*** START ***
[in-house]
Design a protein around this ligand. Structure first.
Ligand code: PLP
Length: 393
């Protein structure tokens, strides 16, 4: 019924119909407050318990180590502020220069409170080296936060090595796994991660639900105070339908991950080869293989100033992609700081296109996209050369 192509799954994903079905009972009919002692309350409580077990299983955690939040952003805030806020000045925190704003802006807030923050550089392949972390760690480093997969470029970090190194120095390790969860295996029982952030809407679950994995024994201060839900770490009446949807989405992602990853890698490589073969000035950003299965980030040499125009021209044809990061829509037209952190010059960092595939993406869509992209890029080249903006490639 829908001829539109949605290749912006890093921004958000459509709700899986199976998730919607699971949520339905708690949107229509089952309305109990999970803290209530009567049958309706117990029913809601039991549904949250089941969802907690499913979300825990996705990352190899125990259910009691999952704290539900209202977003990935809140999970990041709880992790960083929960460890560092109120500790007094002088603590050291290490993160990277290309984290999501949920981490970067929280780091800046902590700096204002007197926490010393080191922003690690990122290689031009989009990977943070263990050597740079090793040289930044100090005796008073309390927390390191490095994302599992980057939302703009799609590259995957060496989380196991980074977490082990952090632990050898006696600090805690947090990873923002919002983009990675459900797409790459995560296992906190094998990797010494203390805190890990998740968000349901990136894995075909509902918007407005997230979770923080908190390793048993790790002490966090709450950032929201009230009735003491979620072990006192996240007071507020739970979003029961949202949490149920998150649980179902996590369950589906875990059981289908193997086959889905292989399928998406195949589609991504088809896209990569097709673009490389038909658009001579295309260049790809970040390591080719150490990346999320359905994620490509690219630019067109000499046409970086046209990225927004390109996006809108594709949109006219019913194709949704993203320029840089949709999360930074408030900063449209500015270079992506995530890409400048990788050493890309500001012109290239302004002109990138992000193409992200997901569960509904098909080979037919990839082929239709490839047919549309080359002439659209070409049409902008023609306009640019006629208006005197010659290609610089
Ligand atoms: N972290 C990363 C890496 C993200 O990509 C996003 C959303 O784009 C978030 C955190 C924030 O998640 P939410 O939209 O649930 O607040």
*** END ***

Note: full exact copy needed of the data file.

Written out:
[in-house]
Design a protein around this ligand. Structure first.
Ligand code: PLP
Length: 393
């Protein structure tokens, strides 16, 4: 019924119909407050318990180590502020220069409170080296936060090595796994991660639900105070339908991950080869293989100033992609700081296109996209050369 192509799954994903079905009972009919002692309350409580077990299983955690939040952003805030806020000045925190704003802006807030923050550089392949972390760690480093997969470029970090190194120095390790969860295996029982952030809407679950994995024994201060839900770490009446949807989405992602990853890698490589073969000035950003299965980030040499125009021209044809990061829509037209952190010059960092595939993406869509992209890029080249903006490639 829908001829539109949605290749912006890093921004958000459509709700899986199976998730919607699971949520339905708690949107229509089952309305109990999970803290209530009567049958309706117990029913809601039991549904949250089941969802907690499913979300825990996705990352190899125990259910009691999952704290539900209202977003990935809140999970990041709880992790960083929960460890560092109120500790007094002088603590050291290490993160990277290309984290999501949920981490970067929280780091800046902590700096204002007197926490010393080191922003690690990122290689031009989009990977943070263990050597740079090793040289930044100090005796008073309390927390390191490095994302599992980057939302703009799609590259995957060496989380196991980074977490082990952090632990050898006696600090805690947090990873923002919002983009990675459900797409790459995560296992906190094998990797010494203390805190890990998740968000349901990136894995075909509902918007407005997230979770923080908190390793048993790790002490966090709450950032929201009230009735003491979620072990006192996240007071507020739970979003029961949202949490149920998150649980179902996590369950589906875990059981289908193997086959889905292989399928998406195949589609991504088809896209990569097709673009490389038909658009001579295309260049790809970040390591080719150490990346999320359905994620490509690219630019067109000499046409970086046209990225927004390109996006809108594709949109006219019913194709949704993203320029840089949709999360930074408030900063449209500015270079992506995530890409400048990788050493890309500001012109290239302004002109990138992000193409992200997901569960509904098909080979037919990839082929239709490839047919549309080359002439659209070409049409902008023609306009640019006629208006005197010659290609610089
Ligand atoms: N972290 C990363 C890496 C993200 O990509 C996003 C959303 O784009 C978030 C955190 C924030 O998640 P939410 O939209 O649930 O607040």